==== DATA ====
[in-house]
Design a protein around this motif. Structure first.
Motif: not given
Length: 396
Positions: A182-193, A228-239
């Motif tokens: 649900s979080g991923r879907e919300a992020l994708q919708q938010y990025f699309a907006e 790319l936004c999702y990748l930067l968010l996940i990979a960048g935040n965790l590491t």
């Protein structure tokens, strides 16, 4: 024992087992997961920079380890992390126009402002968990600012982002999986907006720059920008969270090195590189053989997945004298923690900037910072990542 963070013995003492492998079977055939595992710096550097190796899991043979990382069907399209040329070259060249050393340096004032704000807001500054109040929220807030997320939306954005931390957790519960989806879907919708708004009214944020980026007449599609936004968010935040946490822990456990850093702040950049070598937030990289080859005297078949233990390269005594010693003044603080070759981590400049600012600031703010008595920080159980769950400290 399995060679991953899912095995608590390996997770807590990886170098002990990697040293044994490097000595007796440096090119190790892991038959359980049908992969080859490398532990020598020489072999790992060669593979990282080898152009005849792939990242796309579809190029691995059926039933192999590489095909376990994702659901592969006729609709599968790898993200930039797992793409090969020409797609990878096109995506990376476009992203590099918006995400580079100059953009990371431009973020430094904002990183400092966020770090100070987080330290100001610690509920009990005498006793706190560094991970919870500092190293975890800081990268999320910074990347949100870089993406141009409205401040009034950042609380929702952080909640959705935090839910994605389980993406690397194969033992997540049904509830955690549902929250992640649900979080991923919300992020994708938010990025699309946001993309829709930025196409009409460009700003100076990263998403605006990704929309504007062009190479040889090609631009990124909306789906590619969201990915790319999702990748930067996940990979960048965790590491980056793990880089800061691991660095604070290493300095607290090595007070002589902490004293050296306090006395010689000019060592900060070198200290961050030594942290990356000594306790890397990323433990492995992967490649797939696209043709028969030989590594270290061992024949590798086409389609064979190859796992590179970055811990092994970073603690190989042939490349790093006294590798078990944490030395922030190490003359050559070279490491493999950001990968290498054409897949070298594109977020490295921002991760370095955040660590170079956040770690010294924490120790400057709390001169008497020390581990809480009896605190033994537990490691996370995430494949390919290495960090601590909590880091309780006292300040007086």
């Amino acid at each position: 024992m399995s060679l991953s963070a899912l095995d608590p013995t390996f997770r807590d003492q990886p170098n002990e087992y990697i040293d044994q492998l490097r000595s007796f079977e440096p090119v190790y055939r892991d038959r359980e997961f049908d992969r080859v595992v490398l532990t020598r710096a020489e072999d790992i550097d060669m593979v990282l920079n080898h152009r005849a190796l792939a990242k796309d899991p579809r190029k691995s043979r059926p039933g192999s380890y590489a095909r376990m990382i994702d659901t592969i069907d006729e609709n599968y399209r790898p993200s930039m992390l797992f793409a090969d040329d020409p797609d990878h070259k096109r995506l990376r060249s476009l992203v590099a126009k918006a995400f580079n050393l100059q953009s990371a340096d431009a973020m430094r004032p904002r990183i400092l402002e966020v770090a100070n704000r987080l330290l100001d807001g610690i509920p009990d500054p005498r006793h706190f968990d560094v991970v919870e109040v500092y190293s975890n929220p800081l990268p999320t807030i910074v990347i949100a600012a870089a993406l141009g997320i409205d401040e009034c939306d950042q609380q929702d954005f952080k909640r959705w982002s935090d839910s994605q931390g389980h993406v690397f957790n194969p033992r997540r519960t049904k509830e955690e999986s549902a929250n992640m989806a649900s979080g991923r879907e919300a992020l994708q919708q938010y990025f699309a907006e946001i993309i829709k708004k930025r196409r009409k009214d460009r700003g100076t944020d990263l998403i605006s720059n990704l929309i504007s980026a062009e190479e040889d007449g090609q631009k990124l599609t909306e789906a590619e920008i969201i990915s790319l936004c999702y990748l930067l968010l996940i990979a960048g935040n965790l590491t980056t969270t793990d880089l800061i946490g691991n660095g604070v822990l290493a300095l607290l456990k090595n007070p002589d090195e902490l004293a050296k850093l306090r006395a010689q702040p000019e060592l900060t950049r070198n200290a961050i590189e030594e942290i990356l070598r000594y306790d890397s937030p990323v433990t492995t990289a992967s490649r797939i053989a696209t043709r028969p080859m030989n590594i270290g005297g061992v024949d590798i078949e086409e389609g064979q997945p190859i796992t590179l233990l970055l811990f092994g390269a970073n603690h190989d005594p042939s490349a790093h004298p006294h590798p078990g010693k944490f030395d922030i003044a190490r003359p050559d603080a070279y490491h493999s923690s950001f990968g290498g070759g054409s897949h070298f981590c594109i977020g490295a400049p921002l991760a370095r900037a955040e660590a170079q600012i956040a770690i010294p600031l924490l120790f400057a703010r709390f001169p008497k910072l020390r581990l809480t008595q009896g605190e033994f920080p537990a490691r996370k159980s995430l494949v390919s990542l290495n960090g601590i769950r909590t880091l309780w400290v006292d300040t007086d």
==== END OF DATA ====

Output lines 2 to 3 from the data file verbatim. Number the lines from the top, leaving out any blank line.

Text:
Design a protein around this motif. Structure first.
Motif: not given